Where there is no evidence the cautious scholar cannot suggest what happened. In one sense I agree with this. But something was going on during the times for which we have no evidence. We have wonderful records of the first Jewish revolt in 70 A.D. Everyone knows about Masada. We hardly hear about the Bar Kokhba revolt against the Roman Empire in 132 CE, so nothing happened? “Modern historians have come to view the Bar-Kokhba Revolt as being of decisive historic importance. The massive destruction and loss of life occasioned by the revolt has led some scholars to date the beginning of the Jewish diaspora from this date. They note that, unlike the aftermath of the First Jewish-Roman War chronicled by Josephus, the majority of the Jewish population of Judea was either killed, exiled, or sold into slavery after the Bar-Kokhba Revolt, and Jewish religious and political authority was suppressed far more brutally. After the revolt the Jewish religious center shifted to the Babylon.” according to the Wikipedia article. There was no “Josephus” for Bar-Kokhba. We have very little record for those events, so the minor event dominates the story and twists the understanding.

We know Herod the Great was very wealthy, controlled the bureaucracy of the nation, was an astoundingly prolific builder and had an army. What happened to his money flow and army? The income from his land and his taxes did not go to Rome. Rome kept on getting their normal share. Pilate had 6 cohorts, 3600 men to cover the area and guard the frontier. Rome considered the Chief Priest, the local king. Rome did replace local kings who did not keep in line. It is never mentioned that the Chief Priest and Sanhedrin had an army and controlled great wealth through a large bureaucracy. The size of the staff and soldiers available to the governor is many times too small to manage the government and security of the nation. “The absence of proof is not the proof of absence.” There had to be a working government and military in addition to what we know the governor possessed! The Roman governor did keep Herod’s palaces in Caesarea and Jerusalem, and stationed soldiers in the Antonia. The gate keepers, Levites, were a paramilitary force. The soldiers who arrested Jesus were not Roman. Since only Rome had the power to execute, some Romans would have been at the cross, in addition to the local soldiers.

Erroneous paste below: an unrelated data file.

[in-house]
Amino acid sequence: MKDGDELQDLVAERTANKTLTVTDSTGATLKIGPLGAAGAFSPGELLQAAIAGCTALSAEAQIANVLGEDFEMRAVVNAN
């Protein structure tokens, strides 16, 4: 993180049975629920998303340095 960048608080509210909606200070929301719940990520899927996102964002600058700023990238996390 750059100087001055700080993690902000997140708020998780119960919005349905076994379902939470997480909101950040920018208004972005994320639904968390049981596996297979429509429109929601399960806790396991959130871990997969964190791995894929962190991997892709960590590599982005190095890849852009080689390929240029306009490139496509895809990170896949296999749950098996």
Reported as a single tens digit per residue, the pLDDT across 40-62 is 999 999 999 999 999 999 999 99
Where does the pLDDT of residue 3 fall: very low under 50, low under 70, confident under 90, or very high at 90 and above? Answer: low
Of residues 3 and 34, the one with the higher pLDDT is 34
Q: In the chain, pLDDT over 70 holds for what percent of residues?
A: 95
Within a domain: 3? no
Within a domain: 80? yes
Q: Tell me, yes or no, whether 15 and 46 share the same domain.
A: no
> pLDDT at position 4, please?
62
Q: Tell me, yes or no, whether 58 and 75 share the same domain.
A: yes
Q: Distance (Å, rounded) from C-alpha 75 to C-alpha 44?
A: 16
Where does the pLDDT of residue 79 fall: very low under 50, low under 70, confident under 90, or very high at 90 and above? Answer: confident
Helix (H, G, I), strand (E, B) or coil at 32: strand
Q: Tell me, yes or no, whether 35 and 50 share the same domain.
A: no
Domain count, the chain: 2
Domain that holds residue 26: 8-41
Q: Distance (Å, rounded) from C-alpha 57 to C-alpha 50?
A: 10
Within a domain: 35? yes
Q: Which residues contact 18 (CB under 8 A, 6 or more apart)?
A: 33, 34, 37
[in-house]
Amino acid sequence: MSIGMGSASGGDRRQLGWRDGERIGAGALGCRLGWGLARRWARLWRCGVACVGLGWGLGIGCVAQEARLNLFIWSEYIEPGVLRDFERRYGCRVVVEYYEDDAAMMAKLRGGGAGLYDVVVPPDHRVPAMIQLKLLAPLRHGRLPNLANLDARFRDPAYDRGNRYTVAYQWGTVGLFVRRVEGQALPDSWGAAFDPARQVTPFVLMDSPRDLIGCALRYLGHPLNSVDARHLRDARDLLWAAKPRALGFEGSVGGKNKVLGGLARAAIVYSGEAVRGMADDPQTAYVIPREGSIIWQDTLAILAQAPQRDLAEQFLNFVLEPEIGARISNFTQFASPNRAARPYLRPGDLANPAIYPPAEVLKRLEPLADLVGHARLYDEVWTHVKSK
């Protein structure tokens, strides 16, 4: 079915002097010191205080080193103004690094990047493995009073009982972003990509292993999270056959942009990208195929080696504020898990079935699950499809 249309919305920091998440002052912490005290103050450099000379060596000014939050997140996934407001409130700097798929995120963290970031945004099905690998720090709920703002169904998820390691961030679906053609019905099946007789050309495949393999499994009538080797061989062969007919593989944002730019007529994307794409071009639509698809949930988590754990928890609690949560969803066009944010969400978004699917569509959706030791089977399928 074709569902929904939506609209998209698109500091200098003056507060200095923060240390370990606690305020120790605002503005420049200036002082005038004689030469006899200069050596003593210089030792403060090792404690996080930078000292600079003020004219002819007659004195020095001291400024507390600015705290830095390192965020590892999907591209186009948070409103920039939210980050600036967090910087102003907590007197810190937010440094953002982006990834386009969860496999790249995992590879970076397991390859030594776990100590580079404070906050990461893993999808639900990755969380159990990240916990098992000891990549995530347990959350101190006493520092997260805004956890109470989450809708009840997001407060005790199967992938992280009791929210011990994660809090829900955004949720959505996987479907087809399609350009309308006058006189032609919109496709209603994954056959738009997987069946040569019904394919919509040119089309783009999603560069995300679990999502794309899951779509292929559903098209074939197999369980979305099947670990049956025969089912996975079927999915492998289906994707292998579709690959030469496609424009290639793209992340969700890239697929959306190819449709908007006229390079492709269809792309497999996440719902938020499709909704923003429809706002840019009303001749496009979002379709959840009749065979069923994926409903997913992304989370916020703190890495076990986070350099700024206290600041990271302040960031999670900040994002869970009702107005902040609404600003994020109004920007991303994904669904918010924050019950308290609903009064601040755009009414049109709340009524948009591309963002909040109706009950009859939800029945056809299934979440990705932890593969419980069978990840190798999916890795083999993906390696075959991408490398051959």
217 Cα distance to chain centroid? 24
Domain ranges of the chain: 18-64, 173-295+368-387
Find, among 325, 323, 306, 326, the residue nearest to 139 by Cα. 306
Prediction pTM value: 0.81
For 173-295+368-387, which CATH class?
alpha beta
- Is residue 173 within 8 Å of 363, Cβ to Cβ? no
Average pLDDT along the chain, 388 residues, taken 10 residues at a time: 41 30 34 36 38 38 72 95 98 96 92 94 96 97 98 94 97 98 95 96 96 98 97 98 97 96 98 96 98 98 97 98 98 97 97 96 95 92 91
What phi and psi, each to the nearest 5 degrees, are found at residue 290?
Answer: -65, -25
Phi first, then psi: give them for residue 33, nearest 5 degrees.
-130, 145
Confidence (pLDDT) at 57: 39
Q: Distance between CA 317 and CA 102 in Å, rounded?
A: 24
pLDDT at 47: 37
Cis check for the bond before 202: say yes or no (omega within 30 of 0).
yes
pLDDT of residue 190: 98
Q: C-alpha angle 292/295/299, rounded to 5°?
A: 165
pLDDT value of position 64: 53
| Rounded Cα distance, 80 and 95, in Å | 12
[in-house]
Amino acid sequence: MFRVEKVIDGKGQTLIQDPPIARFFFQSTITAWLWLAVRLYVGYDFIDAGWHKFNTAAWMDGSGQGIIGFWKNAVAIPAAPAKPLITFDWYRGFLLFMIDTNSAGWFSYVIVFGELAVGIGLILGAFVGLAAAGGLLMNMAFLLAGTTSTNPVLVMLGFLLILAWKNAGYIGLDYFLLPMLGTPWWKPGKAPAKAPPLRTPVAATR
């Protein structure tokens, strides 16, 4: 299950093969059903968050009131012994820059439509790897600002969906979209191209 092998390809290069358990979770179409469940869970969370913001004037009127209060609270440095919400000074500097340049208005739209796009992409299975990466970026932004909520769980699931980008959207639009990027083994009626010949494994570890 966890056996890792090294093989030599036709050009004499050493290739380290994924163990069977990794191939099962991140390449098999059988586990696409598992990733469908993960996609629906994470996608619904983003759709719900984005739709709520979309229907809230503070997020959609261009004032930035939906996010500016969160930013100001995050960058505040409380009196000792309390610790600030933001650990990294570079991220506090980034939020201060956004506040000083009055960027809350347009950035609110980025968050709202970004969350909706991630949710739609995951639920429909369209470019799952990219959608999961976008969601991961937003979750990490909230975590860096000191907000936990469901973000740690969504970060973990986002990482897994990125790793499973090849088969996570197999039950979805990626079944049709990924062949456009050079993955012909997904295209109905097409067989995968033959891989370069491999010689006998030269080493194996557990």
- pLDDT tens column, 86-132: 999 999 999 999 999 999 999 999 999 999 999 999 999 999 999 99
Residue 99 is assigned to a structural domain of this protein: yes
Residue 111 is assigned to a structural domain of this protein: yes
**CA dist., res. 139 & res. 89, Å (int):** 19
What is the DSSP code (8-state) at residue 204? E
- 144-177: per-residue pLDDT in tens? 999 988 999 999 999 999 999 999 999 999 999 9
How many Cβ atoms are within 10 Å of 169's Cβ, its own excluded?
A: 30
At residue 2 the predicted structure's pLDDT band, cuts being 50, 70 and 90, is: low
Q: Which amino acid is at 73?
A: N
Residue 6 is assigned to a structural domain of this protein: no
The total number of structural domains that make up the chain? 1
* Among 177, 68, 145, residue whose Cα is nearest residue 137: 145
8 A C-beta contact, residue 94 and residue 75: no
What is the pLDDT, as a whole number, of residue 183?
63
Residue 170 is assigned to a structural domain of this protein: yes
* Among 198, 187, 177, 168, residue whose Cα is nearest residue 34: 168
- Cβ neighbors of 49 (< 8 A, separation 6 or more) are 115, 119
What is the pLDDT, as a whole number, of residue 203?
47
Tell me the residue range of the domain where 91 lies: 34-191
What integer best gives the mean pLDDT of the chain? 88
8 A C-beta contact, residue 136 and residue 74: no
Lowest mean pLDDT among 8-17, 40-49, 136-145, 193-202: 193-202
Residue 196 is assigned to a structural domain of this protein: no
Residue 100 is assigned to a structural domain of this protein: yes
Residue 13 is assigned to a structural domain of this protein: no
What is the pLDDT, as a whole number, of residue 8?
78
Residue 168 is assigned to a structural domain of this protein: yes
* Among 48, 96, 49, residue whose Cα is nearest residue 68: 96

The Romans among themselves spoke Latin. The local people spoke Aramaic, many had an understanding of Hebrew since it was read in the Synagog. International traders used Greek as a common language. Many people got by in Greek and Latin in addition to their own tongue. The Wise men from the East spoke a version of Aramaic and should have known some Greek. The average man could read and write, many women could also. Learning to read English is tricky because the spelling is not phonetic. In those languages, if you knew what sound the letter stood for, you could read the word. Writing was on broken pieces of pottery, potshards, or on erasable wax covered wood. Paper and vellum were very expensive and almost never used.

It is not possible to find an acceptable way to express the local accents in dialog. In our modern enlightened age, it is considered insulting. Some years ago regional dialects were considered acceptable. The Galileans did not have the same accent as the Judeans. If the Galileans would speak like Appalachian mountain folk and the Judeans standard American English, that would have been in one sense be culturally accurate but in another sense wrong.

Now with computer graphics and archeological understanding, the actual scenes can be shown. My favorite visualizations of the Temple Mount are by Leen Ritmeyer /www.ritmeyer.com. There are many others. They all portray the completed Temple of 64 A.D. A search on Google or Wikipedia is a good introduction to what is known. The end notes on the chapters lead to many sites for further understanding.

This is a series of stories that attempt to make an accurate portrayal of the culture and history of the times in which Jesus lived. I have filtered what I think and say through my biases and beliefs. I am convinced God is competent and His Scriptures are exactly what He wants them to be. That does not mean God acts in accordance with our present day human concepts. Luther commented that just as we know by faith alone that Jesus is both true man and true God so we know by faith alone that the Scriptures are both true work of man and true work of God. St. Augustine said, “Now against the sacrilegious and impious darlings of reason.” Human logic is flawed, it is part of our sinful nature. The measurements, the facts of Physics, quantum mechanics, relativity, are beyond logic. God’s creation, His ways are not our ways, the created universe is beyond our understanding.

No one looking at the Bible or the universe, this world, will ever be able to “prove” anything about God, in His favor or against. Nothing I write is intended to deny the meaning of the scriptures. I pray these stories may deepen the readers appreciation of what is recorded. If the reader is looking for deeper faith, then pray to be molded, shaped and used by the Spirit. Jesus said, “whoever comes to me I will never cast out.” John 6:37.

Go to my web site for more. http://thesignofconcord.com Email ConcordDove@mac.com

If the reader discovers any historical inaccuracy, please send me the corrections and evidence. Please feel free to pass it on to others. Thanks to my patient wife Lynne for repeatedly proofreading. I excel at creative spelling and punctuation. Many thanks to my son in law for skillful editing.

Stephen H. Funck April 15, 2013

I.N.R.I.